Agreeing to Disagree
I am glad I misunderstood Rabbi Shai Cherry. I am also glad I disagree with him.
In his Torah commentary (“Fiction is as Fiction Does,” Feb. 6), Cherry tells us to take Torah literarily, not literally. He says the Amalek of today, the enemy of the Jews, are people who take Torah literally. At first I thought he was condemning Orthodox Jews as Amalek. I subsequently learned that Cherry sees Amalek in people who take Torah at face value, without the oral law. And here I thought that the Amalek in every generation were people who want to kill us, not those who interpret Torah naively.
Cherry’s commentary demotes Torah to a beautiful fiction to make it appealing to the unaffiliated. But people are drawn to truth, not fiction. The Torah is beautiful. But it is also true. Readers, please seek out the full range of what your heritage has to offer. Instead of the fictional, literary interpretation of Cherry, seek Torah guides online such as rabbis Fohrman, Tatz or Sacks. Check out Aish.com, Chabad, Aish Chaim, and Partners in Torah (to get a learning partner and free books). I wish you the joy of Torah … and its truth.
Shoshana Siegelman | Philadelphia
Correcting the Record
Morris Olitsky (Kvetch ’N’ Kvell, March 12) falsely claims that President Franklin Roosevelt let “none, zero” Jewish refugees immigrate to the United States from Europe during his administration. This is patently false. Among others, my mother-in-law and father-in-law, Frances and Paul Greenhood, immigrated to the United States from Vienna via Zurich in 1940, and in 1938 my cousin Martin Kupferberg emigrated here from Galicia. Granted that Roosevelt could have done more, his efforts were constricted by the Johnson-Reed Immigration Act of 1924, which severely limited immigrants from Southern and Eastern Europe and was mainly intended to target Jews.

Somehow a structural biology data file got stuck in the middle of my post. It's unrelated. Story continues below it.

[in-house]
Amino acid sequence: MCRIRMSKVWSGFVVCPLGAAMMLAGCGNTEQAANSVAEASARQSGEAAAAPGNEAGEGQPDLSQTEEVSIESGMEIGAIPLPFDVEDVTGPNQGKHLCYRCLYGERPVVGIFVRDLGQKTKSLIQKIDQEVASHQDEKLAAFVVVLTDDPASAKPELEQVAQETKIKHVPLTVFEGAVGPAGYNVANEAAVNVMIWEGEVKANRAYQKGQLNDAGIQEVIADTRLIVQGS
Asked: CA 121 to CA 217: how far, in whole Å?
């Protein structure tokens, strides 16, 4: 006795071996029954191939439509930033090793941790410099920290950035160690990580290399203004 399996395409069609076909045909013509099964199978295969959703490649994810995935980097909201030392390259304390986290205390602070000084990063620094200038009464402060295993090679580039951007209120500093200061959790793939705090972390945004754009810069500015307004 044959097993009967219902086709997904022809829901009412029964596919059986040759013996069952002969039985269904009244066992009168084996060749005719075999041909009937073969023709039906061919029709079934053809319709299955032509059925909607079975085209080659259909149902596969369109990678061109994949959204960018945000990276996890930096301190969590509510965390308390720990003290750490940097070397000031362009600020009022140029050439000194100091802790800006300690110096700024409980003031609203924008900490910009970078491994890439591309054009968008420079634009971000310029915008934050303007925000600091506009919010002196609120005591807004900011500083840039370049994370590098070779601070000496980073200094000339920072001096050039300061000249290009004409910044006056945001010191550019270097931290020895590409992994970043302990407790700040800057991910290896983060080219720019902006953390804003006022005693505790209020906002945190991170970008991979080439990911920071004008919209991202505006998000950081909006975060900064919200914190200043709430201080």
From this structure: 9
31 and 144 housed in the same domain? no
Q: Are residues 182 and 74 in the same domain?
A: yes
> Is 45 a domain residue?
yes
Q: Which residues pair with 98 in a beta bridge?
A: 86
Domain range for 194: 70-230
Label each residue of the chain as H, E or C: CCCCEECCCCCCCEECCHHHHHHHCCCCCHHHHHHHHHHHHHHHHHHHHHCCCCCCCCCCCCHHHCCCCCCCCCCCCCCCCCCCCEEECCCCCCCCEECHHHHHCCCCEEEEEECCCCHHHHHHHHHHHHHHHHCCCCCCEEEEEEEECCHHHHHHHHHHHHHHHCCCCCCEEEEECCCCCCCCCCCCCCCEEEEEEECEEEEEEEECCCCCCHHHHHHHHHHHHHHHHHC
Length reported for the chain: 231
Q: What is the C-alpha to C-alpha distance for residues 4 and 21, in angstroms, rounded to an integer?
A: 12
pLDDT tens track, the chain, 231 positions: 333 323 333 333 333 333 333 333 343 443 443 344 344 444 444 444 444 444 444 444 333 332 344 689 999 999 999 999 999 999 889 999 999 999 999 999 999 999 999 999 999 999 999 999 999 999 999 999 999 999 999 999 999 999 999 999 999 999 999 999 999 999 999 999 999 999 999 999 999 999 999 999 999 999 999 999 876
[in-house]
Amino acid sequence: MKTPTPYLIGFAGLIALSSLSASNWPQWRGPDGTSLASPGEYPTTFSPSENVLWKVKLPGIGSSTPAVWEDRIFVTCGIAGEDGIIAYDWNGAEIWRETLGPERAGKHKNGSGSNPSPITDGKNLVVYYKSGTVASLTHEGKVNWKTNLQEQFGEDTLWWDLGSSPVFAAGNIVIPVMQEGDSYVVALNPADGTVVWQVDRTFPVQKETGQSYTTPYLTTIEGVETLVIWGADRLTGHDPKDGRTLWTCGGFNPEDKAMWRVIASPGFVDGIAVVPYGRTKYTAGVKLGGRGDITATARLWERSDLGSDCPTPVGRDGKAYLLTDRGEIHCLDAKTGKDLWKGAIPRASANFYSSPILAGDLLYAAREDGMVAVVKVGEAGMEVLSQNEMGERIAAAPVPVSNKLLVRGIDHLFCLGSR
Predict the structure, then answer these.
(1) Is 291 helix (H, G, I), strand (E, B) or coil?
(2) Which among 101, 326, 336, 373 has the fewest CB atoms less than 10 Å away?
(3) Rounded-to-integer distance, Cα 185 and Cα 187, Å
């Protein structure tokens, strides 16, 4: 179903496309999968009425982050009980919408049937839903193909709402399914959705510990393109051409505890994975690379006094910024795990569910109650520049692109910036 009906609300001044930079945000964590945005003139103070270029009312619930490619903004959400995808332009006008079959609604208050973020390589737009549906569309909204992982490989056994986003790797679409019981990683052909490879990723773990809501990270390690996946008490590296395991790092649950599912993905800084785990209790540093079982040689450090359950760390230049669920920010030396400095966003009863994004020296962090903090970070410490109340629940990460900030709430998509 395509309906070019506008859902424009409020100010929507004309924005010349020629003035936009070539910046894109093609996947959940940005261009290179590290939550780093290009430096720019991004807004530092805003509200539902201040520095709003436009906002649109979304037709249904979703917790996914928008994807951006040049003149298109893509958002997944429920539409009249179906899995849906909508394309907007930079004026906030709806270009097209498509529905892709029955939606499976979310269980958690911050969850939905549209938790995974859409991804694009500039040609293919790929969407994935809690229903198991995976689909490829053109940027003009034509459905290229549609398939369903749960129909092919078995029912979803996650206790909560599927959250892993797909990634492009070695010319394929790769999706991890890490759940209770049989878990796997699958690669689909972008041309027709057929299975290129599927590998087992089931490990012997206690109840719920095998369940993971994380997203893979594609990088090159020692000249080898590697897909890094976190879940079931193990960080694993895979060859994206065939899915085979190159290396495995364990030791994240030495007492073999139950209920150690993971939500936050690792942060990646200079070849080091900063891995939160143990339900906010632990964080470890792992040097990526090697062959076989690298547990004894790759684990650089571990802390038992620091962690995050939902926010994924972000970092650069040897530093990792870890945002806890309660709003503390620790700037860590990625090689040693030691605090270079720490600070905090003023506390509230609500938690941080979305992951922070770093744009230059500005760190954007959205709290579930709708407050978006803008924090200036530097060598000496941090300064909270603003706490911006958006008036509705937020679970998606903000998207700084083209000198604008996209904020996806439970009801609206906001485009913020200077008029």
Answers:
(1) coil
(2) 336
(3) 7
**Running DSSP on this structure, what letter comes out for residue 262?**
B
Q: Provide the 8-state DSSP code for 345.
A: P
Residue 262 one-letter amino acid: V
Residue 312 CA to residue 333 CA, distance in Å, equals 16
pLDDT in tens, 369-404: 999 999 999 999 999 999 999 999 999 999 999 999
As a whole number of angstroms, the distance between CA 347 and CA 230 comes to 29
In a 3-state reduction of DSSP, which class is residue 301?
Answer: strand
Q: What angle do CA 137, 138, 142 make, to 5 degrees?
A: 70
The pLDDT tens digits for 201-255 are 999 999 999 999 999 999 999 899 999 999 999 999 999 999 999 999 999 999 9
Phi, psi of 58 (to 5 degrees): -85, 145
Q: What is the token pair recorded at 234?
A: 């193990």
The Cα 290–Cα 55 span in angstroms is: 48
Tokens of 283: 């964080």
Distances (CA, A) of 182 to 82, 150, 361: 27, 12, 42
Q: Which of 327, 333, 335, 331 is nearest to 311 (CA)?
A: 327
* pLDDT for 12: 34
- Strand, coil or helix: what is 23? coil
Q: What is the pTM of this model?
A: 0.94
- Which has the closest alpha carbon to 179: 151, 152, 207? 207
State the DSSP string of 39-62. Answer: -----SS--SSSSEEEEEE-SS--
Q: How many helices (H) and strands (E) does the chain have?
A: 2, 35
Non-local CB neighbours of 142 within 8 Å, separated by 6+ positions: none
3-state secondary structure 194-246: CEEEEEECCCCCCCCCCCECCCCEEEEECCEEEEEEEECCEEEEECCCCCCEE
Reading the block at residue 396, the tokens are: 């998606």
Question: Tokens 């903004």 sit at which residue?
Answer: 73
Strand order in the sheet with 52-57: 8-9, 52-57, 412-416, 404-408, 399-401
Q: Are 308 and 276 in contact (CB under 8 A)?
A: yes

And, it matters not at all that current refugees from Central America or the wars in Iraq, Syria and Afghanistan are not victims of genocide, as Jews were in Europe. What matters is that their lives are in danger. One example: The Iraqis and Afghans who served as translators for the United States military, and their families, have been targeted by the Taliban and by bad actors in Iraq. Many now live in Philadelphia, thanks to the efforts of HIAS PA. Because of the Holocaust, we can be sympathetic to the current crop of refugees. It does not diminish our enduring suffering of the Holocaust, which continues to this day and into the future, to help those other refugees in need. In contrast, it strengthens our resolve as Jews who are commanded to love the stranger as we were strangers in the land of Egypt.
David Broida | Bryn Mawr
HIAS PA volunteer
David I agree with your statement that there are groups of people who deserve asylum in America. The Iraqi’s and Afghans who aided our military are two such groups, but it sounds like you wish to grant asylum to the entire populations of Central America, Iraq, Syria and Afghanistan. Compassion is a good trait, but anything taken to extremes is not. Allowing entry to the Iraqi and Afghan military translators is compassionate, allowing entry to the entire populations of Central America, Syria, Iraq, and Afghanistan is insane. The vast majority of these people aren’t in danger but rather want to come here for a better life.